By making these changes while maintaining the core principles of the GDPR and alongside clear guidance from the ICO we believe the Government can update the UK’s legal framework to provide certainty and clarity to organisations as they seek to innovate with data and develop new digital services and AI powered tools.


2. Ensuring the UK’s data protection system is trusted by individuals and organisations: enabling citizens to exercise their data rights as well ensuring that the UK’s data protection system is seen globally as providing avenues for redress, backed by an independent regulator, is vital.

High levels of consumer confidence in the system, as well as maintaining a reputation as a high standard location for storing and processing personal data is essential for citizens to have confidence in digital services provided in the UK, and for companies to compete for international contracts and investment. In the consultation, the Government has suggested reforms to the accountability framework in the GDPR to create an opportunity for businesses to create more tailored and trusted approaches to managing personal data as well as lessening some of the more prescriptive burdens on smaller firms.

These reforms in principle are welcome but will rely heavily on clear guidance from the ICO to make them operable by businesses and ensure routes for redress for consumers are clearly explained. To do this, the Government will need to ensure that the ICO is well resourced to meet this challenge and its independence remains without question.

To support this aim, techUK therefore believes the Government should not proceed with some of the proposals in this consultation which we believe could have negative impacts on citizens abilities to exercise their rights and undermine the independence of the regulator. For example, the reintroduction of a fee for subject access requests, the suggested proposal to remove Article 22 of the GDPR or some of the changes propsed to the ICO’s Codes of Practice and Guidance.


3. Making the UK a global hub for data: International data flows are the cornerstone of global businesses. Both UK headquartered and international companies operating in the UK regularly engage in data transfers with business partners across the globe.

Flows of data are not just an issue for the tech sector, with the operations and supply chains of virtually every modern business supported by the transferring of personal data. Whether that is detailed data sets for complex digital services, or the financial and logistical information needed for the trade in goods or the provision of services.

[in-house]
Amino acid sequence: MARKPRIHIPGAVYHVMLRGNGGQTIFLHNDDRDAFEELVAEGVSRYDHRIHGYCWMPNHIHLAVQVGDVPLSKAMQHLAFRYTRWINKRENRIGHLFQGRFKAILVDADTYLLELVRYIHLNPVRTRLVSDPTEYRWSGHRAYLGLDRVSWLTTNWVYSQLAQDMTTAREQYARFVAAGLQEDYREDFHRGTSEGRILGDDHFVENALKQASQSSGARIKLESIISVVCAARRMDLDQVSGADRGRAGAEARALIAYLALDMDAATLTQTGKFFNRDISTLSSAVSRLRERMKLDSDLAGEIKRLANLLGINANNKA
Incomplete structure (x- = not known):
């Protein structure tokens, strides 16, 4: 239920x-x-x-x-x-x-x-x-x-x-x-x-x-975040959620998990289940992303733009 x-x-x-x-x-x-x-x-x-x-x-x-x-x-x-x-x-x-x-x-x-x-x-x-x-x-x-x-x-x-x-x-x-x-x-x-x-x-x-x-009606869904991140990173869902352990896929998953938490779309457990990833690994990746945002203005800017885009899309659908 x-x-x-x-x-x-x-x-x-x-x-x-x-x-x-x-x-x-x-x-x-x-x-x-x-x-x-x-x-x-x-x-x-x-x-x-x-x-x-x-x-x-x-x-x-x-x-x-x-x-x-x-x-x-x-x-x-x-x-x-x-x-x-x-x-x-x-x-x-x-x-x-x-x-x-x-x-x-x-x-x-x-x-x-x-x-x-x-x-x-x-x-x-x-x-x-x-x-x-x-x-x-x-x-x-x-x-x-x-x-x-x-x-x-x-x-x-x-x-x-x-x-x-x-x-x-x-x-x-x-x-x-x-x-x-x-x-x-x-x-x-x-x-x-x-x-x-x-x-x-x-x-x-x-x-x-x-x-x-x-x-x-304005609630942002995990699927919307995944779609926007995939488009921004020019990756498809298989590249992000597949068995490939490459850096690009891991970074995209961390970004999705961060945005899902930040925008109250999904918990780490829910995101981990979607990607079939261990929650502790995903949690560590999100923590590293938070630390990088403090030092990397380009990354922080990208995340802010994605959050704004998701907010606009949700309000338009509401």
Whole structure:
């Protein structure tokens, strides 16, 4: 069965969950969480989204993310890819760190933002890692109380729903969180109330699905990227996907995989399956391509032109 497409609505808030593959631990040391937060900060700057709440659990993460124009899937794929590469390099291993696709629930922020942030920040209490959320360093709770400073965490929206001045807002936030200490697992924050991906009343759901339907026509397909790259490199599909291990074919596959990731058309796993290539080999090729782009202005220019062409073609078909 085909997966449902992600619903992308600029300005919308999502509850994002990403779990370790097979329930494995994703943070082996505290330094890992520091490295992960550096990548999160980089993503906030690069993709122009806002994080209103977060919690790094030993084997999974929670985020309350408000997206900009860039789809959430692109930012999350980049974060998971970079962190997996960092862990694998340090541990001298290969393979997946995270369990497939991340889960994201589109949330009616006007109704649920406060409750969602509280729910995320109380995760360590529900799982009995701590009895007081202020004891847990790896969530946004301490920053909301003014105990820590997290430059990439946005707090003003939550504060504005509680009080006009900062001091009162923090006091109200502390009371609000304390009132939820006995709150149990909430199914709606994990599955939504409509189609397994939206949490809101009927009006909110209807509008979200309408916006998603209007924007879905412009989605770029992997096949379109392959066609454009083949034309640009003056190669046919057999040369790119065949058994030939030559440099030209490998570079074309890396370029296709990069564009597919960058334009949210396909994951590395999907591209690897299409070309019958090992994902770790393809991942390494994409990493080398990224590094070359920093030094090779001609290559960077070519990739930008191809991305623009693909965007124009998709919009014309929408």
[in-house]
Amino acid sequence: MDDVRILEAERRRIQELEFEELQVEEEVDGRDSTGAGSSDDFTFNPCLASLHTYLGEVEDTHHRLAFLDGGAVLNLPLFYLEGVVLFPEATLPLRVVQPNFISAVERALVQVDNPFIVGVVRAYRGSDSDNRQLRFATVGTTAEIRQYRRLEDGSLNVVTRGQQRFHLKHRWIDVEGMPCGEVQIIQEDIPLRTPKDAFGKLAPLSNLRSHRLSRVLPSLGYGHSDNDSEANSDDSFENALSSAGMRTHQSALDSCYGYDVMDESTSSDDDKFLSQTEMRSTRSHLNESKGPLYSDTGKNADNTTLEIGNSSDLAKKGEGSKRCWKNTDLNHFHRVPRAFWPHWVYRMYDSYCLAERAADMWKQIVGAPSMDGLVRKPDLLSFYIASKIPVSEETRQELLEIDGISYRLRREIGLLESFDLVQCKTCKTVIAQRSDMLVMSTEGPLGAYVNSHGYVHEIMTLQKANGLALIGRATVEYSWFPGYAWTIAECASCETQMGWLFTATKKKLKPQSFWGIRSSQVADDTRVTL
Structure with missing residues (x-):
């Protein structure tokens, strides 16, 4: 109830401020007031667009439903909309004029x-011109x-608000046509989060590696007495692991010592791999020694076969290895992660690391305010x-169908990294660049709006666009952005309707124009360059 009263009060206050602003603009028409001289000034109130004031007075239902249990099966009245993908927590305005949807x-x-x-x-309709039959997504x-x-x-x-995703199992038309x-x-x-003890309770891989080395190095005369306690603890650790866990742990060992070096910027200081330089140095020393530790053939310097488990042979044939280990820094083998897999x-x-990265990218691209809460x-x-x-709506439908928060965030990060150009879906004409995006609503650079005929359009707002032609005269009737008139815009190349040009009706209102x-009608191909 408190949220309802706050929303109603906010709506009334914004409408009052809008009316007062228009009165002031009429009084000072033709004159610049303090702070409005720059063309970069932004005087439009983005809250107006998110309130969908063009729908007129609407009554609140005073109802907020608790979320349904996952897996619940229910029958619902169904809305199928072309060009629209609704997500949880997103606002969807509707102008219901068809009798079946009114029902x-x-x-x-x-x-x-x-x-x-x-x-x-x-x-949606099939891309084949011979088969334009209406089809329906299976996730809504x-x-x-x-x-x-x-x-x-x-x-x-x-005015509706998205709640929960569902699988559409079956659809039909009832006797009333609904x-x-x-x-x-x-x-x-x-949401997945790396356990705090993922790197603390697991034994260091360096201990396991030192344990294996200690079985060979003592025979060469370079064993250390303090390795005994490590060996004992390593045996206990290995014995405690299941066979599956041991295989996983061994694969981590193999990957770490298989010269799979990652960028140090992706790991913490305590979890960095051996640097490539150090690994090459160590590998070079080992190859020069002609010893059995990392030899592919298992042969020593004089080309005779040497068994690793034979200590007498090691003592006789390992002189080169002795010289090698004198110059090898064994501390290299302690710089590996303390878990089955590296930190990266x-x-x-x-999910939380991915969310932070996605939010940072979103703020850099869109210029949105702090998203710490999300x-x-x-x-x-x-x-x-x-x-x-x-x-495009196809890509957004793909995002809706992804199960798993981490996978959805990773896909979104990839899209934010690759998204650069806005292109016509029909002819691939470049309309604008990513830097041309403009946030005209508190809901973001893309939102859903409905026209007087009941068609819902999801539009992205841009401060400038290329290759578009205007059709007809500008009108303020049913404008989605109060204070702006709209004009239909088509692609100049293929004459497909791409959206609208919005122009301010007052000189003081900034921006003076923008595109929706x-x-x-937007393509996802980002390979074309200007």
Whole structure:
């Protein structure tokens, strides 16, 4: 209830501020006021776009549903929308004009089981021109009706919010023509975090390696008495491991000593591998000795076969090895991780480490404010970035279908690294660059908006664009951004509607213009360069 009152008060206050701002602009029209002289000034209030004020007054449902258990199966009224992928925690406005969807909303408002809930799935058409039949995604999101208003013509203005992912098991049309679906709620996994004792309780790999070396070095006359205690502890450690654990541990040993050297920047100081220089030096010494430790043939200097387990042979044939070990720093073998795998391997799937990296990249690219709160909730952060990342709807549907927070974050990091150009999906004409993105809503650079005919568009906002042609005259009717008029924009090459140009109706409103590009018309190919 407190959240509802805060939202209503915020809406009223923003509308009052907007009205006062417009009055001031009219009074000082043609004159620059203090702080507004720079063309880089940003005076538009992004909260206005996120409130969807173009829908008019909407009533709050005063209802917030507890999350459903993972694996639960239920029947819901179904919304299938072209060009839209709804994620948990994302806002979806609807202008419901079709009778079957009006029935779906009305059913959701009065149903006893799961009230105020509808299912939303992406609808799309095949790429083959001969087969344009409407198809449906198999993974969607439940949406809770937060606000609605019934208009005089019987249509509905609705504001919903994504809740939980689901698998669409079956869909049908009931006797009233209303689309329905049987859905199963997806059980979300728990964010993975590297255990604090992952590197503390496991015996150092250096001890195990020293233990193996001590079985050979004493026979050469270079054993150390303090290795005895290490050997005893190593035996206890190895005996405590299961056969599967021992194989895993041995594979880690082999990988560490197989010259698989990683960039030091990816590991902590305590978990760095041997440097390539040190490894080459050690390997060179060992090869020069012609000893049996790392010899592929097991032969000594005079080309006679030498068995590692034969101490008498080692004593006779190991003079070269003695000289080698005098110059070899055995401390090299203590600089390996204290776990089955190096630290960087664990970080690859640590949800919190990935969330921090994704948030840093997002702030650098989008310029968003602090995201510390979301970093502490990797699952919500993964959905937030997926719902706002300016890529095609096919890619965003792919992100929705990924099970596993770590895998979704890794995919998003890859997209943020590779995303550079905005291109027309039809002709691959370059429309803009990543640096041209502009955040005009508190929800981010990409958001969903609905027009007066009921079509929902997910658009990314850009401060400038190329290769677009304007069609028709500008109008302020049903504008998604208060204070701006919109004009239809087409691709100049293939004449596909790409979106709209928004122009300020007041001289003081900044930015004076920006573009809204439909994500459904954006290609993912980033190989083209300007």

Even if all the suggested changes in this consultation were made, the UK will still have a data protection system which is more similar to the EU’s than any other partner it has a data adequacy agreement with. However, given the recent assessment by the European Commission and the extra territorial nature of a number of other countries data protection regimes the UK will need to reassure partners on how any of their citizens data will be handled in the UK to maintain access to global data flows. This will mean ensuring avenues for redress are clear and easy to access and that there are strong safeguards against onward transfers (the moving of personal data on to another country beyond the UK without appropriate safeguards).


You can read our full response here, and see below a summary of some specific suggestions we have made under each chapter of the consultation:


Chapter 1: Reducing barriers to responsible innovation:

  • Research Purposes: techUK and our members support the Government’s plans to provide additional clarity for organisations on where data can be used for research purposes. Alongside providing appropriate safeguards for data subjects, we believe this will help increase the UK’s attractiveness as a destination for data driven innovation.